Each man's world became very small. I have no recollection of anything outside an area whose diameter was no more that 30 feet. Carl Mendenhall and Jose' Salcido were frantically trying to enlarge a gap between beet rows. Rodrigues, a little further away, was busy doing the same. It's difficult to dig when one is lying down. Bullets were singing just overhead. Rodrigues told me that twice his entrenching tool was struck by bullets as he raised it over his head.
The artillery got closer. All infantrymen know the sound of incoming 88s. The sound gets louder, the tension is terrific until the shell explodes and you are spared for another time. As everyone knows who has experienced it, lying on the ground, immobilized by a ceiling of lead, exposed for hours to an artillery barrage is -- well -- one of life's most anguishing times. Even if you could get off a shot, where was the enemy?
I lost track of time but perhaps in early afternoon there was the sound of an approaching 88. The screaming came closer and I tried to enter into the earth. The shell burst just outside my hole or so it seemed. The concussion sent air waves up and down my body. I knew it must have hit something near, and I also knew I would have to raise my head and take a look. Where Salcido and Mendenhall had been there was now a black crater. As I watched there emerged a blackened figure, naked for all I could tell. It was young Salcido, his body sagged against the lip of the crater, his head flung back.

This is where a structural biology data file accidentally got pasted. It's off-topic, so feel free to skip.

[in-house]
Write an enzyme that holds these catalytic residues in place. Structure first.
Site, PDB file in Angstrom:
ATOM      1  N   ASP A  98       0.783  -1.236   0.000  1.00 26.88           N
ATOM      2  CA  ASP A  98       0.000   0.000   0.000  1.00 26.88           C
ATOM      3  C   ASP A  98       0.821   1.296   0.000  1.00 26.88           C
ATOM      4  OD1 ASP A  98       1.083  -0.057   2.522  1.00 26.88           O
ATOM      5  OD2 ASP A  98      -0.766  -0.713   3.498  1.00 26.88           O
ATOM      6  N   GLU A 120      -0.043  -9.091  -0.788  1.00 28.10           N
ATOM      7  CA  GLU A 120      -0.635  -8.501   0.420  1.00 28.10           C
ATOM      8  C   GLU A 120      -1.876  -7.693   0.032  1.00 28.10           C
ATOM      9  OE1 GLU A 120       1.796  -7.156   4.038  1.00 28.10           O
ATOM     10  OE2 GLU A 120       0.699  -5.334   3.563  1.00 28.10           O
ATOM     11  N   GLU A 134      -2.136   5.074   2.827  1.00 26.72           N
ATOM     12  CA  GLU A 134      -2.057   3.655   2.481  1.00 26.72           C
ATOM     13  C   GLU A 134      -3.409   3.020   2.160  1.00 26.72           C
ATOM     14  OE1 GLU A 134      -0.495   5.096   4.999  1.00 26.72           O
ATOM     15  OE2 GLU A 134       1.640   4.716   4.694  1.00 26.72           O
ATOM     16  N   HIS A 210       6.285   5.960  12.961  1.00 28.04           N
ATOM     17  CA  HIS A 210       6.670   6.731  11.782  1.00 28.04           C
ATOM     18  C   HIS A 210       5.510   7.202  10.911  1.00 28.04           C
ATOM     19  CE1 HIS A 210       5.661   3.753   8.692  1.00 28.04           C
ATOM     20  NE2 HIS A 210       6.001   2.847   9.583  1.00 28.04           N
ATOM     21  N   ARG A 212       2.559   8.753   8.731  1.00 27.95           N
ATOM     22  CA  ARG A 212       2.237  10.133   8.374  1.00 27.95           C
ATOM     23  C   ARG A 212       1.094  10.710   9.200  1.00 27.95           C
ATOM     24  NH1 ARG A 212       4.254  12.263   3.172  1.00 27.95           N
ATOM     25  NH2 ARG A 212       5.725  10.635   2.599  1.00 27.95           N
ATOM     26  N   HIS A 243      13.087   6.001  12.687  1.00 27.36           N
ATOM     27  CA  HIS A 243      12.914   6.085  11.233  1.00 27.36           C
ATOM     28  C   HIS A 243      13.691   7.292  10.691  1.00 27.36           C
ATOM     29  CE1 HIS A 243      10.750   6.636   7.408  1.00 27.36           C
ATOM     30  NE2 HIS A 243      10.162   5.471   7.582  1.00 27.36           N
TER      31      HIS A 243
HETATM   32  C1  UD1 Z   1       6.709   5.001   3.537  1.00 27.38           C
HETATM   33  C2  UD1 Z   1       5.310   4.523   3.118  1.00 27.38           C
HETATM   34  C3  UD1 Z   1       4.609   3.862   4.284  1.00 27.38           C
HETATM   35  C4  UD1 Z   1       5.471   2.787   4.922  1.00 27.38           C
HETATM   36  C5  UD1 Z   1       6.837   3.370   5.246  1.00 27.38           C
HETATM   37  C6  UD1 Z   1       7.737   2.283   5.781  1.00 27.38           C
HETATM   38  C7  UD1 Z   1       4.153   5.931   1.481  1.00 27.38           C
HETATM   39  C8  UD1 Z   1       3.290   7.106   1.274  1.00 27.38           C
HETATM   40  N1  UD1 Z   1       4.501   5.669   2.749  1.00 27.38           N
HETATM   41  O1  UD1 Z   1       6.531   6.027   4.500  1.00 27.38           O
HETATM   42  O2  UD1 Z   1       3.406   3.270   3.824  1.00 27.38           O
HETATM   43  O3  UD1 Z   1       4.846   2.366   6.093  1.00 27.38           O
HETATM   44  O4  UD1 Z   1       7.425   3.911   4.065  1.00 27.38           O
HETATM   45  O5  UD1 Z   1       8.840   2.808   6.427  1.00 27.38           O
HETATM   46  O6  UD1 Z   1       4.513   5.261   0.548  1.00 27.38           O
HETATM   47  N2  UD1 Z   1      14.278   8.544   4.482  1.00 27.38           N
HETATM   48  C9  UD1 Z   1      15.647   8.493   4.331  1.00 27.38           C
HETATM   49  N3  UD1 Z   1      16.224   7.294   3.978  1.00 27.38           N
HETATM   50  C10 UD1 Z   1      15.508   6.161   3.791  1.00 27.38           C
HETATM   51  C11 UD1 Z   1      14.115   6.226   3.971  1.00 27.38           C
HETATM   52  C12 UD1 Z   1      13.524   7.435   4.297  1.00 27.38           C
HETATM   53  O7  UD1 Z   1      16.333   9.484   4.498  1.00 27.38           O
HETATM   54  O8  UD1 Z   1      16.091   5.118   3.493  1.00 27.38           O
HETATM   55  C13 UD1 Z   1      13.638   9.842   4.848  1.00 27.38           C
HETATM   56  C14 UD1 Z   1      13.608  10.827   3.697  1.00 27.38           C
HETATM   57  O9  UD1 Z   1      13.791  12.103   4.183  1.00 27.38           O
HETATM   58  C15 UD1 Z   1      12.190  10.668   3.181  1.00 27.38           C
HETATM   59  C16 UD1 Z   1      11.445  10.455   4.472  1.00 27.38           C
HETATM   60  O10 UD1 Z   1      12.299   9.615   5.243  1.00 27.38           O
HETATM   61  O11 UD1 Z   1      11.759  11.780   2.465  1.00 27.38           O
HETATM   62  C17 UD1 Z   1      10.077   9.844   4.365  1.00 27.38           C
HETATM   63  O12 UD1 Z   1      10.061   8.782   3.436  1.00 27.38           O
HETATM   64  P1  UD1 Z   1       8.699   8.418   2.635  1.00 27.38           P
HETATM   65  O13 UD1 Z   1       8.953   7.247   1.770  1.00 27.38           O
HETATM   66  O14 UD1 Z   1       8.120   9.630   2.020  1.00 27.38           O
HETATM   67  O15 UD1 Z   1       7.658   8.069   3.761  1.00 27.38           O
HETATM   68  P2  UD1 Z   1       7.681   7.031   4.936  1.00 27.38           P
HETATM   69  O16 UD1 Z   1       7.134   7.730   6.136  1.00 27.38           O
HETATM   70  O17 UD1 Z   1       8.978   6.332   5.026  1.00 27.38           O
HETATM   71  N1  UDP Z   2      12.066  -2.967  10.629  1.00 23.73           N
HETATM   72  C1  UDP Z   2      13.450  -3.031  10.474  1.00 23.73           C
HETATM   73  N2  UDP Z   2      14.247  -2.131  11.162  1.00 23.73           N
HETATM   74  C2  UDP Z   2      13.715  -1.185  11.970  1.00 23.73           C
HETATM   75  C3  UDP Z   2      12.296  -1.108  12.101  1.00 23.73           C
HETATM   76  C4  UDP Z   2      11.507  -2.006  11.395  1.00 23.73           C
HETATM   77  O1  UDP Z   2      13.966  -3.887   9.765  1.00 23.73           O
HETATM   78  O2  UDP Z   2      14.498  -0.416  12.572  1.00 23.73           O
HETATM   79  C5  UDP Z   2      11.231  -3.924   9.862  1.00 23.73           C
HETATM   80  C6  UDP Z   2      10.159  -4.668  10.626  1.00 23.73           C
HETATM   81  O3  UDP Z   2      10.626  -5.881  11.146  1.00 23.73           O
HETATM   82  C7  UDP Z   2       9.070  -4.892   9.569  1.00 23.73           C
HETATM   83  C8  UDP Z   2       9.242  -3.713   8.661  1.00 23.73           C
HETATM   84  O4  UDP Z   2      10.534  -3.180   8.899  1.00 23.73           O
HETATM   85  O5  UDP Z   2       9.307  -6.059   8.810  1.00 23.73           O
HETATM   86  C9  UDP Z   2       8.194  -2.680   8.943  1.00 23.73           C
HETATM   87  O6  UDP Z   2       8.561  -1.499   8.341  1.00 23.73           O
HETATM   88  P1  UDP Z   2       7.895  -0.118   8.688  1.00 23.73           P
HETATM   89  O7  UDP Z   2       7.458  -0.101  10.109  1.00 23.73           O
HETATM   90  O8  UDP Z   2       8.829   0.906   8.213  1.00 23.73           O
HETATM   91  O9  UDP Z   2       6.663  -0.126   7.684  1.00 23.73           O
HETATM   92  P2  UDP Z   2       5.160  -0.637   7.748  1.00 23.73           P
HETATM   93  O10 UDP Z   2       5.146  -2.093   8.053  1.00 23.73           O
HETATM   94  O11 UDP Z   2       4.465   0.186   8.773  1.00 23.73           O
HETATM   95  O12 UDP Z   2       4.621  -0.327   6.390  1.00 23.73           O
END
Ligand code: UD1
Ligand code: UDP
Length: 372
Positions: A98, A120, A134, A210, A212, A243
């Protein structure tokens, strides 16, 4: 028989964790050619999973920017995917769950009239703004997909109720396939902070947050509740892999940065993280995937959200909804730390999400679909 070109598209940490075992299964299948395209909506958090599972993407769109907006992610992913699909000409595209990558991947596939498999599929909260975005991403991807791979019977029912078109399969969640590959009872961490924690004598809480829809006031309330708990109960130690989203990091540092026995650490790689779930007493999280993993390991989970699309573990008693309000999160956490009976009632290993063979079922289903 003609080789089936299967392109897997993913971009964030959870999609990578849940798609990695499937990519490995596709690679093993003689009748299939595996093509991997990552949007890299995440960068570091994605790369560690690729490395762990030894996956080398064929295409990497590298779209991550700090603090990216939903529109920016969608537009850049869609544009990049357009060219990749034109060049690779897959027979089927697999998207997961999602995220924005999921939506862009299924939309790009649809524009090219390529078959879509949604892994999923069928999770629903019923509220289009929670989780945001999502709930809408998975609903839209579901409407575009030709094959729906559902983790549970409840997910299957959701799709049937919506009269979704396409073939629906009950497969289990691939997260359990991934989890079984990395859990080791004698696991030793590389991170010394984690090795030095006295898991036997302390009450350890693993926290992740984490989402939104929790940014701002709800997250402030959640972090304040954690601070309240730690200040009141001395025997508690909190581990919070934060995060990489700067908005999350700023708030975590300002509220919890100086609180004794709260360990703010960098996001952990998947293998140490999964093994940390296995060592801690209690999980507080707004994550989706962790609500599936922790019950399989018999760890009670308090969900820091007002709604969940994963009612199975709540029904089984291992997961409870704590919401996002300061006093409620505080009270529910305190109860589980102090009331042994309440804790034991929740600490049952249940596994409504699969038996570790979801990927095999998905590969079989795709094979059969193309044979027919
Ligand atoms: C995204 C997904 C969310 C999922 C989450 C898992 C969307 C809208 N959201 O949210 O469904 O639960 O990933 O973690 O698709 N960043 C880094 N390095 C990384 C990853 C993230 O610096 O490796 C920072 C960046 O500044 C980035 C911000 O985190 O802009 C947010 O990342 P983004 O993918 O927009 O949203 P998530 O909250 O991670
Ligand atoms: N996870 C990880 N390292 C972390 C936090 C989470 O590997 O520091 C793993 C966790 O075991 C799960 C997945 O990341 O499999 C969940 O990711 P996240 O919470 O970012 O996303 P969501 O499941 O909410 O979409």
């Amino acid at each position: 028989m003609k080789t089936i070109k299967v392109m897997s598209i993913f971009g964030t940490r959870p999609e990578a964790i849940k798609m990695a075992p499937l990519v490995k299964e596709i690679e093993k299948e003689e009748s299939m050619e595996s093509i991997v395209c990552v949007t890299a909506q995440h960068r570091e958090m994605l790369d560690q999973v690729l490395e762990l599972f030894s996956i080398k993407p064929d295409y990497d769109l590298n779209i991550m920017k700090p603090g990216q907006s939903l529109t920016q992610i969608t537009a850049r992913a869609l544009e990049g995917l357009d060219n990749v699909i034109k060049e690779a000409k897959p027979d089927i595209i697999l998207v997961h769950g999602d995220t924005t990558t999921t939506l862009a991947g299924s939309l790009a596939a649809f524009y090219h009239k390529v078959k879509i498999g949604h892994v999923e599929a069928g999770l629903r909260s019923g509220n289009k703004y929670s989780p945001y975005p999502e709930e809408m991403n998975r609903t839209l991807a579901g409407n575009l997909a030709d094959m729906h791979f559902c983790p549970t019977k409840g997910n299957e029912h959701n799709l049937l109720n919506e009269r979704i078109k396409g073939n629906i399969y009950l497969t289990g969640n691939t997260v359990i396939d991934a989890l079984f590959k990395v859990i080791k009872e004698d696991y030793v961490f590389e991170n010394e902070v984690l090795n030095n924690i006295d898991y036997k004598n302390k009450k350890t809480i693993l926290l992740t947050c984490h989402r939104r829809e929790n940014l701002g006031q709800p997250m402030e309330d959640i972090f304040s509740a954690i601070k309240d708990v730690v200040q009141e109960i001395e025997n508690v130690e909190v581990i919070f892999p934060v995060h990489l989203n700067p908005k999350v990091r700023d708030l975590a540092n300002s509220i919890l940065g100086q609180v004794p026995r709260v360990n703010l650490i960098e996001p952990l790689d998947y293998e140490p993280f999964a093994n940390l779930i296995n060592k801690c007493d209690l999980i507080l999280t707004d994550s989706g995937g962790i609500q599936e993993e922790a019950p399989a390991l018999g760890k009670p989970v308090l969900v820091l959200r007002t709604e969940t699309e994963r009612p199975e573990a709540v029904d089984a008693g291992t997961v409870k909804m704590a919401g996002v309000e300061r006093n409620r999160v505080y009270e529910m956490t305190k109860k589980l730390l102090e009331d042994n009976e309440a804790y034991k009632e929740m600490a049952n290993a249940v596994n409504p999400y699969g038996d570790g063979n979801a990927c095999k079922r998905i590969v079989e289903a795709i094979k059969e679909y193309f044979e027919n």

Like a hurt boy calling for his mother, he cried "Gangloff. Gangloff" our squad leader that he thought would come to help him. Then the body fell back into the crater. Of Mendenhall, I saw nothing but a hand that had come to rest about five feet away. Looking at those bloody fingers I thought "I'll never eat carrots again" -- an unforgivably heartless thought considering the tragic circumstances. But sometimes that's the way the human mind works.
By evening the German artillery had been largely silenced by our own guns. The 84th Division moved in to relieve companies E, F, and G. I honestly don't remember getting out of the hole and walking some distance to a farm house of some sort near Beeck. The house was crowded with soldiers who collapsed onto hay stacks. This was, according to my notes, the evening of November 23 and as I write this it is November 23rd. (Souder gave the date as Nov. 21.)
Some 10 days later, after a sharp tank battle, our attack on Linnich ended. Our squad was further reduced. Preston Harris was dead. Kucherski, Brown, Carrol and Bashiurwere gone. I honestly don't know what happened to them. After the battle I just noted they were not with us. They could have been ill or transferred to another unit. They are not listed as casualties in the Division History. Can anyone offer any explanation?